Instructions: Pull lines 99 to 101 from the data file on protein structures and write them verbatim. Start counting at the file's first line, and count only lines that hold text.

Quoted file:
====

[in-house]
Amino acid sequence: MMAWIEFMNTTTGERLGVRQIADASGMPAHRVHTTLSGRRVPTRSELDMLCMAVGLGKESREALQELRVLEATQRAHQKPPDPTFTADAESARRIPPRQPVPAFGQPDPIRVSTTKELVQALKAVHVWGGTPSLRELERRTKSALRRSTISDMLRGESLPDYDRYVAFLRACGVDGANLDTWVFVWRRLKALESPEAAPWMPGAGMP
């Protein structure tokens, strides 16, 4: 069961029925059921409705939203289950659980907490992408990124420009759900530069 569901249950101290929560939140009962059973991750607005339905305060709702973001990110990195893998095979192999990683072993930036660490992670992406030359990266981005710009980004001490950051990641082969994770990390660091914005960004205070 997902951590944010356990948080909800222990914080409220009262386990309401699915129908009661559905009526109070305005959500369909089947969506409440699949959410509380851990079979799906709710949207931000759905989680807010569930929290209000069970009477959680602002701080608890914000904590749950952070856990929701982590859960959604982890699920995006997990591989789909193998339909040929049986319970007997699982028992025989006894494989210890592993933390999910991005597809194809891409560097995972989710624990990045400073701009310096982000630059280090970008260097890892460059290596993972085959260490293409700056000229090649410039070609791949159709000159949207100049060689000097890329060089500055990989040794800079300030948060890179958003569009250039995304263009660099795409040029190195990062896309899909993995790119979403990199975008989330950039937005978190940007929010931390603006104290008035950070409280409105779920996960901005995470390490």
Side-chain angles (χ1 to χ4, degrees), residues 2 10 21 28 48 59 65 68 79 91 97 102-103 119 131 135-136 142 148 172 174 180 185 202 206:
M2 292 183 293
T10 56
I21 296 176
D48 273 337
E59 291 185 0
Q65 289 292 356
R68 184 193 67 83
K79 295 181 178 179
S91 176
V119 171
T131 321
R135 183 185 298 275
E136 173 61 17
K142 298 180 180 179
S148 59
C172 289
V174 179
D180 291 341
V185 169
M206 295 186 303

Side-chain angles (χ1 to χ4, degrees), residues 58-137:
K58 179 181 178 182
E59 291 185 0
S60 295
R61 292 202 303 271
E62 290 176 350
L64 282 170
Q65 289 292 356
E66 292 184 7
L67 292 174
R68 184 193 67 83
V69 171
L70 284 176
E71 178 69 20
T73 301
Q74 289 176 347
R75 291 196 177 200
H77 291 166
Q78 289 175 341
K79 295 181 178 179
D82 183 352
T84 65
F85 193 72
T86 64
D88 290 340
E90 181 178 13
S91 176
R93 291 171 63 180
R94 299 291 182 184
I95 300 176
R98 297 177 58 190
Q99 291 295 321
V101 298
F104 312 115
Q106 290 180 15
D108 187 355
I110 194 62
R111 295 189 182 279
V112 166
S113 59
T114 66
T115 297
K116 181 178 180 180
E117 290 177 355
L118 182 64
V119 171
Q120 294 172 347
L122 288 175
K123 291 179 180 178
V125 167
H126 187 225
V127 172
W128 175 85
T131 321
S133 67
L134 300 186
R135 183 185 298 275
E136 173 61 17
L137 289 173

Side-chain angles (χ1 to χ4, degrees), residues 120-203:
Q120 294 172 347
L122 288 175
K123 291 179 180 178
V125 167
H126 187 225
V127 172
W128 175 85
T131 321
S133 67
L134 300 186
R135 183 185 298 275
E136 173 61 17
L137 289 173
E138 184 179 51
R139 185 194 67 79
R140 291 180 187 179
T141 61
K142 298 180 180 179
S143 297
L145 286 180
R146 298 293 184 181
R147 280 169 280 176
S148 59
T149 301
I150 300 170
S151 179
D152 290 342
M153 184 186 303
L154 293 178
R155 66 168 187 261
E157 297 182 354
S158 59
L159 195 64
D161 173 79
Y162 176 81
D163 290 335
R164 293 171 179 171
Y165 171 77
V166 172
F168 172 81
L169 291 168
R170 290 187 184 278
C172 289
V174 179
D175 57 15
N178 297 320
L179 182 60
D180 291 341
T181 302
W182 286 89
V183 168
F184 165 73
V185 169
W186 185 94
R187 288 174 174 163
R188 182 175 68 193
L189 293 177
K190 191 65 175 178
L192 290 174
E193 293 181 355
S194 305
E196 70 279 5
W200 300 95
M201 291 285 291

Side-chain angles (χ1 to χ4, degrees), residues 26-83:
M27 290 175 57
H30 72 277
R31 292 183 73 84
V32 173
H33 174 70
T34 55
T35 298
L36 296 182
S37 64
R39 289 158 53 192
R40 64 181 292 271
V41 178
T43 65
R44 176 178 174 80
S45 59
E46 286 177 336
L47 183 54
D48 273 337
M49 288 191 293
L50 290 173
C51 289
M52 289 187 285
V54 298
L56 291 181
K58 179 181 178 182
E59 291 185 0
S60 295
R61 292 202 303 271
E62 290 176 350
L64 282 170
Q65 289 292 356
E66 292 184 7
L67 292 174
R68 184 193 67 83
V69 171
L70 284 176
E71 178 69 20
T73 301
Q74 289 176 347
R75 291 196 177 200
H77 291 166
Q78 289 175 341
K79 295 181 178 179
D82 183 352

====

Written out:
R139 185 194 67 79
R140 291 180 187 179
T141 61